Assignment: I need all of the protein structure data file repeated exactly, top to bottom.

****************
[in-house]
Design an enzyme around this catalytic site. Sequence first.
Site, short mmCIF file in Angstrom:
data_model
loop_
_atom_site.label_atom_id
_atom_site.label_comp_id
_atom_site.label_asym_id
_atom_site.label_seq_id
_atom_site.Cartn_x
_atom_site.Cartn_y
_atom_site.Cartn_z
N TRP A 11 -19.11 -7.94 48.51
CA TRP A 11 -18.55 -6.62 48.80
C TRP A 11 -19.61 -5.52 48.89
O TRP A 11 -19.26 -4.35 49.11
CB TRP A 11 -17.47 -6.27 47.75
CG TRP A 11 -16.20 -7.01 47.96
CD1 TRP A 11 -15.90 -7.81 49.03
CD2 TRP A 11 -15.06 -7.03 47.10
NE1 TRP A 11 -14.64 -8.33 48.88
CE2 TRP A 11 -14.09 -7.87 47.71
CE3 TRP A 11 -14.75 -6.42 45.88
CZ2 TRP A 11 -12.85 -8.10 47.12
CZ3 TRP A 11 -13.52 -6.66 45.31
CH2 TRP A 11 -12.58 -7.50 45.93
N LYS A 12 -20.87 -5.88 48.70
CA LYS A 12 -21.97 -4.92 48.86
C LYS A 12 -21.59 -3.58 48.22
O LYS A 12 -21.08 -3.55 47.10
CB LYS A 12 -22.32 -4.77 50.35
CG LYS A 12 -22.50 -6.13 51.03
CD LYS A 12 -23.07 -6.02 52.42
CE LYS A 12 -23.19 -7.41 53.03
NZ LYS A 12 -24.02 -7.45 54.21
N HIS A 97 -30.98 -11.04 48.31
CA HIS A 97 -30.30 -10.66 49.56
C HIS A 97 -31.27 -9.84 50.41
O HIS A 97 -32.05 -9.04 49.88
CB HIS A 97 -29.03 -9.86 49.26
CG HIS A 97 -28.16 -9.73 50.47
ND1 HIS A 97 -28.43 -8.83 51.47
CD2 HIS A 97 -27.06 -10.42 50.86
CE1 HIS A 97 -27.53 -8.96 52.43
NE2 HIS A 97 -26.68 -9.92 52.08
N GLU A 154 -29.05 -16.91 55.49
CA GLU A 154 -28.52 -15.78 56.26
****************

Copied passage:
[in-house]
Design an enzyme around this catalytic site. Sequence first.
Site, short mmCIF file in Angstrom:
data_model
loop_
_atom_site.label_atom_id
_atom_site.label_comp_id
_atom_site.label_asym_id
_atom_site.label_seq_id
_atom_site.Cartn_x
_atom_site.Cartn_y
_atom_site.Cartn_z
N TRP A 11 -19.11 -7.94 48.51
CA TRP A 11 -18.55 -6.62 48.80
C TRP A 11 -19.61 -5.52 48.89
O TRP A 11 -19.26 -4.35 49.11
CB TRP A 11 -17.47 -6.27 47.75
CG TRP A 11 -16.20 -7.01 47.96
CD1 TRP A 11 -15.90 -7.81 49.03
CD2 TRP A 11 -15.06 -7.03 47.10
NE1 TRP A 11 -14.64 -8.33 48.88
CE2 TRP A 11 -14.09 -7.87 47.71
CE3 TRP A 11 -14.75 -6.42 45.88
CZ2 TRP A 11 -12.85 -8.10 47.12
CZ3 TRP A 11 -13.52 -6.66 45.31
CH2 TRP A 11 -12.58 -7.50 45.93
N LYS A 12 -20.87 -5.88 48.70
CA LYS A 12 -21.97 -4.92 48.86
C LYS A 12 -21.59 -3.58 48.22
O LYS A 12 -21.08 -3.55 47.10
CB LYS A 12 -22.32 -4.77 50.35
CG LYS A 12 -22.50 -6.13 51.03
CD LYS A 12 -23.07 -6.02 52.42
CE LYS A 12 -23.19 -7.41 53.03
NZ LYS A 12 -24.02 -7.45 54.21
N HIS A 97 -30.98 -11.04 48.31
CA HIS A 97 -30.30 -10.66 49.56
C HIS A 97 -31.27 -9.84 50.41
O HIS A 97 -32.05 -9.04 49.88
CB HIS A 97 -29.03 -9.86 49.26
CG HIS A 97 -28.16 -9.73 50.47
ND1 HIS A 97 -28.43 -8.83 51.47
CD2 HIS A 97 -27.06 -10.42 50.86
CE1 HIS A 97 -27.53 -8.96 52.43
NE2 HIS A 97 -26.68 -9.92 52.08
N GLU A 154 -29.05 -16.91 55.49
CA GLU A 154 -28.52 -15.78 56.26